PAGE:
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Published in final edited form as:
Crit Care Clin. 2012 July ; 28(3): 363–372. doi:10.1016/j.ccc.2012.04.001.
Transfusion Reactions: Newer Concepts on the
Pathophysiology, Incidence, Treatment and Prevention of
Transfusion Related Acute Lung Injury (TRALI)
David M. Sayah, MD, PhD, Mark R. Looney, MD, and Pearl Toy, MD
University of California San Francisco, San Francisco, CA
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Transfusion-related acute lung injury (TRALI) is the leading cause of transfusion-related
mortality. Clinically, TRALI presents as acute lung injury (ALI) (characterized by dyspnea and
hypoxemia, with bilateral pulmonary infiltrates) within 6 hours after transfusion of one or more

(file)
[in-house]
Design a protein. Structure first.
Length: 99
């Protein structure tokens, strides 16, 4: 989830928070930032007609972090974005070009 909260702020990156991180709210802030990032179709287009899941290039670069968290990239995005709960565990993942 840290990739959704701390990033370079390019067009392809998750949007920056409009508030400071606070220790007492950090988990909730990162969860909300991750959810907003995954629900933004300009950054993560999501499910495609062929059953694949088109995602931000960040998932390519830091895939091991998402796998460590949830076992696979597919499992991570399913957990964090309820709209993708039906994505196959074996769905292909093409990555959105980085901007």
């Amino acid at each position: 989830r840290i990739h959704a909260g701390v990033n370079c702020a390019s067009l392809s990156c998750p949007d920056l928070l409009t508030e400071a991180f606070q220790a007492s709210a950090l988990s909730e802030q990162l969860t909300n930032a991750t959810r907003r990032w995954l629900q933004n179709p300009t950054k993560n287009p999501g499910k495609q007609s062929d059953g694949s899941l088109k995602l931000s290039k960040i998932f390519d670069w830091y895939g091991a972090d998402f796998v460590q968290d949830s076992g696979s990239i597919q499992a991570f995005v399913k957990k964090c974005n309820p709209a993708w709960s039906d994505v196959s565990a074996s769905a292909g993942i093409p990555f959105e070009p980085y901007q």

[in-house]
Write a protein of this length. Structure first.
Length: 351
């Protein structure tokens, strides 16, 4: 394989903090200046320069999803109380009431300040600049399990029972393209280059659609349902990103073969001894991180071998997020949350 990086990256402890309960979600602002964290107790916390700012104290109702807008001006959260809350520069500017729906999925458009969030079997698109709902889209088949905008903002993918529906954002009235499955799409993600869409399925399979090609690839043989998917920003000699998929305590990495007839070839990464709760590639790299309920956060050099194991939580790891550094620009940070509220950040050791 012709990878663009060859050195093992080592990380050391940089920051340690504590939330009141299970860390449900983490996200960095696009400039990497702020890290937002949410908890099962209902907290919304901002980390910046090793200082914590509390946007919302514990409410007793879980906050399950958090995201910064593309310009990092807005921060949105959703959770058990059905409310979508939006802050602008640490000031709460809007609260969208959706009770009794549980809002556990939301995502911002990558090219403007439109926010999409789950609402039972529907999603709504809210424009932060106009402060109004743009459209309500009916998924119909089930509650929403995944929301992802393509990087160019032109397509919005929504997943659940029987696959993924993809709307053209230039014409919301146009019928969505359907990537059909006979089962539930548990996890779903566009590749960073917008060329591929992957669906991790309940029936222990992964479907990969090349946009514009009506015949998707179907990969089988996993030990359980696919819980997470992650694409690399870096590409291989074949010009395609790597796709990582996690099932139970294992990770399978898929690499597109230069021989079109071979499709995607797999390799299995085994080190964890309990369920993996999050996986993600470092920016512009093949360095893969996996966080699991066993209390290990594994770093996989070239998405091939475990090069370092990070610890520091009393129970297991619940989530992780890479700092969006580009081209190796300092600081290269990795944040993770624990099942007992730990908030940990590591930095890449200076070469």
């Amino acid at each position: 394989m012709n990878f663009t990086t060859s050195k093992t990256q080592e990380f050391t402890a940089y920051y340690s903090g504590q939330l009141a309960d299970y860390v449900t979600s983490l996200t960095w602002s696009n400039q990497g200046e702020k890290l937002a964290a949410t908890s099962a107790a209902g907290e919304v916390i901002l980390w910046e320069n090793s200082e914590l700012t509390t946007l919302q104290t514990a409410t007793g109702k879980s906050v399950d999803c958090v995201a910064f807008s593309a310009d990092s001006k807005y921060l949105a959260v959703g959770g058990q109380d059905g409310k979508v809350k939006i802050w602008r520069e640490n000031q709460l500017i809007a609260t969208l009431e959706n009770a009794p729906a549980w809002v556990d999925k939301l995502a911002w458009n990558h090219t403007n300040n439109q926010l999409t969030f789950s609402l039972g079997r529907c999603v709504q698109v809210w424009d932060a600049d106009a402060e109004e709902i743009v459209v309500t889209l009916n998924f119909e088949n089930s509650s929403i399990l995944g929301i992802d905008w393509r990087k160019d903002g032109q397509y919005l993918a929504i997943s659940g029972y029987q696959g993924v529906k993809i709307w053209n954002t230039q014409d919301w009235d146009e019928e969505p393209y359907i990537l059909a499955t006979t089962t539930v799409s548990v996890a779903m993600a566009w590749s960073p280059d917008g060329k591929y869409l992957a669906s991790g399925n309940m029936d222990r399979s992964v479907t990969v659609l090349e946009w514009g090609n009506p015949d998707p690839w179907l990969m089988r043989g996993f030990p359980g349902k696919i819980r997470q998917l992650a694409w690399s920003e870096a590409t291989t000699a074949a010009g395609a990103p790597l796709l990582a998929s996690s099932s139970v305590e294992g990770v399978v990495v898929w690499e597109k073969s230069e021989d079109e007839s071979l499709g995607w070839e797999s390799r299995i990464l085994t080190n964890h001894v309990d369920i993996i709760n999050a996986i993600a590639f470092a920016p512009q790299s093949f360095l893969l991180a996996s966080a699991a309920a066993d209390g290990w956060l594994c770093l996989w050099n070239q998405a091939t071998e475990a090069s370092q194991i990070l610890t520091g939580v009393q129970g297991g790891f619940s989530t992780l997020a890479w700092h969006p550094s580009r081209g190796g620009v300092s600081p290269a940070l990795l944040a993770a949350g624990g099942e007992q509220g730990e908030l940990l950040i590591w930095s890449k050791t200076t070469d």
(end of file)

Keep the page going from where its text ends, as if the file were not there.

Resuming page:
blood products. The pathophysiology of TRALI is incompletely understood, but in part is due to
transfusion of certain anti-leukocyte antibodies, or possibly other bioactive substances, into
susceptible recipients. Transfusion recipient risk factors are higher interleukin-8 levels, liver
surgery, chronic alcohol abuse, shock, higher peak airway pressure while being mechanically
ventilated, current smoking and higher positive fluid balance. Transfusion risk factors are female
plasma, quantity of strong antibody that matches recipient class II human leukocyte antigens, and
volume of plasma containing antibody to human neutrophil antigens. Diagnosing TRALI requires
a high index of suspicion, and the exclusion of circulatory overload, heart failure or other major
ALI risk factors as the cause of pulmonary edema. Treatment should include cessation of the
offending transfusion, but is otherwise supportive. Reduced transfusion of female plasma has been
associated with a lower TRALI incidence. Further prevention strategies may include reduced
transfusion of platelets that contain leukocyte antibodies, and reduction of recipient susceptibility